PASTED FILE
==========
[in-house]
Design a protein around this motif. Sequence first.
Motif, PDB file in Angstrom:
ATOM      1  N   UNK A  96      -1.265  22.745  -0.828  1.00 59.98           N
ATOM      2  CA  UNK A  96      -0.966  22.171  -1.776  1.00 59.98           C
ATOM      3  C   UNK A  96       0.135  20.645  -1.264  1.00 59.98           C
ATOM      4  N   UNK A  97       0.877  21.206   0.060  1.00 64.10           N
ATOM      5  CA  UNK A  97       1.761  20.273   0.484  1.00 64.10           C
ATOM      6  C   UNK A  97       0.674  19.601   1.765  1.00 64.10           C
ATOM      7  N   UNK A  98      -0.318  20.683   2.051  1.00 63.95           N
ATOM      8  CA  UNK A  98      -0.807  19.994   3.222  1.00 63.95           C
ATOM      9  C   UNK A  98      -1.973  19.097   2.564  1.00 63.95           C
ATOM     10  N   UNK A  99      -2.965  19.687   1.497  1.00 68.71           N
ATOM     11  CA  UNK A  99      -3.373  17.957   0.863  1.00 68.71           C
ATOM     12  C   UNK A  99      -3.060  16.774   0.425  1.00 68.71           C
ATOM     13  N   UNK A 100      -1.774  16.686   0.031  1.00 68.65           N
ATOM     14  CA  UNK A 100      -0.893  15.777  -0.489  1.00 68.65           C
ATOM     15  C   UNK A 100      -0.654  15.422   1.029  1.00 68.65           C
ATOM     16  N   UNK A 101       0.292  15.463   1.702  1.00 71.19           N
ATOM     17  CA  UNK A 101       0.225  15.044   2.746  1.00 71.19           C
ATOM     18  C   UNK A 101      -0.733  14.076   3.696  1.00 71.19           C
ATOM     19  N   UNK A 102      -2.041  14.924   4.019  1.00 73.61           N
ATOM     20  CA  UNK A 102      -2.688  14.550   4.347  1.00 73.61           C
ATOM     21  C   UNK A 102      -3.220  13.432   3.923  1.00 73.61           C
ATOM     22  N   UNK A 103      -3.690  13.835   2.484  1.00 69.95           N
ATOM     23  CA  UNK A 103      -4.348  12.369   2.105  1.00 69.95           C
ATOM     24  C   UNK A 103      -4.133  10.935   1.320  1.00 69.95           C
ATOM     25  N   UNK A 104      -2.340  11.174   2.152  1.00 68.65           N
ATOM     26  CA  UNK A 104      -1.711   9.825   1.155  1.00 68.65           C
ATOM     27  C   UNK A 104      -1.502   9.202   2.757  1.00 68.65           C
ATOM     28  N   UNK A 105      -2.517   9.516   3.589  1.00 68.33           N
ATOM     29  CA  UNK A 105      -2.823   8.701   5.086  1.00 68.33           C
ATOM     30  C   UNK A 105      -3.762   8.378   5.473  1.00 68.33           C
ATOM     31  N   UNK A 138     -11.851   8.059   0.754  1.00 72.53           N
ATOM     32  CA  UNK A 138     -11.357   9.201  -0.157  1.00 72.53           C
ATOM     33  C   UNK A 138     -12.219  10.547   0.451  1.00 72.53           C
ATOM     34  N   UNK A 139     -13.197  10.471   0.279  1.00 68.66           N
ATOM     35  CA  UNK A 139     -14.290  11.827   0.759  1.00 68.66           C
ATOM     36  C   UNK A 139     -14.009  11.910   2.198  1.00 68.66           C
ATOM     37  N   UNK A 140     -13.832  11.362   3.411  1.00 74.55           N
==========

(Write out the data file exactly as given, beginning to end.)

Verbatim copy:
[in-house]
Design a protein around this motif. Sequence first.
Motif, PDB file in Angstrom:
ATOM      1  N   UNK A  96      -1.265  22.745  -0.828  1.00 59.98           N
ATOM      2  CA  UNK A  96      -0.966  22.171  -1.776  1.00 59.98           C
ATOM      3  C   UNK A  96       0.135  20.645  -1.264  1.00 59.98           C
ATOM      4  N   UNK A  97       0.877  21.206   0.060  1.00 64.10           N
ATOM      5  CA  UNK A  97       1.761  20.273   0.484  1.00 64.10           C
ATOM      6  C   UNK A  97       0.674  19.601   1.765  1.00 64.10           C
ATOM      7  N   UNK A  98      -0.318  20.683   2.051  1.00 63.95           N
ATOM      8  CA  UNK A  98      -0.807  19.994   3.222  1.00 63.95           C
ATOM      9  C   UNK A  98      -1.973  19.097   2.564  1.00 63.95           C
ATOM     10  N   UNK A  99      -2.965  19.687   1.497  1.00 68.71           N
ATOM     11  CA  UNK A  99      -3.373  17.957   0.863  1.00 68.71           C
ATOM     12  C   UNK A  99      -3.060  16.774   0.425  1.00 68.71           C
ATOM     13  N   UNK A 100      -1.774  16.686   0.031  1.00 68.65           N
ATOM     14  CA  UNK A 100      -0.893  15.777  -0.489  1.00 68.65           C
ATOM     15  C   UNK A 100      -0.654  15.422   1.029  1.00 68.65           C
ATOM     16  N   UNK A 101       0.292  15.463   1.702  1.00 71.19           N
ATOM     17  CA  UNK A 101       0.225  15.044   2.746  1.00 71.19           C
ATOM     18  C   UNK A 101      -0.733  14.076   3.696  1.00 71.19           C
ATOM     19  N   UNK A 102      -2.041  14.924   4.019  1.00 73.61           N
ATOM     20  CA  UNK A 102      -2.688  14.550   4.347  1.00 73.61           C
ATOM     21  C   UNK A 102      -3.220  13.432   3.923  1.00 73.61           C
ATOM     22  N   UNK A 103      -3.690  13.835   2.484  1.00 69.95           N
ATOM     23  CA  UNK A 103      -4.348  12.369   2.105  1.00 69.95           C
ATOM     24  C   UNK A 103      -4.133  10.935   1.320  1.00 69.95           C
ATOM     25  N   UNK A 104      -2.340  11.174   2.152  1.00 68.65           N
ATOM     26  CA  UNK A 104      -1.711   9.825   1.155  1.00 68.65           C
ATOM     27  C   UNK A 104      -1.502   9.202   2.757  1.00 68.65           C
ATOM     28  N   UNK A 105      -2.517   9.516   3.589  1.00 68.33           N
ATOM     29  CA  UNK A 105      -2.823   8.701   5.086  1.00 68.33           C
ATOM     30  C   UNK A 105      -3.762   8.378   5.473  1.00 68.33           C
ATOM     31  N   UNK A 138     -11.851   8.059   0.754  1.00 72.53           N
ATOM     32  CA  UNK A 138     -11.357   9.201  -0.157  1.00 72.53           C
ATOM     33  C   UNK A 138     -12.219  10.547   0.451  1.00 72.53           C
ATOM     34  N   UNK A 139     -13.197  10.471   0.279  1.00 68.66           N
ATOM     35  CA  UNK A 139     -14.290  11.827   0.759  1.00 68.66           C
ATOM     36  C   UNK A 139     -14.009  11.910   2.198  1.00 68.66           C
ATOM     37  N   UNK A 140     -13.832  11.362   3.411  1.00 74.55           N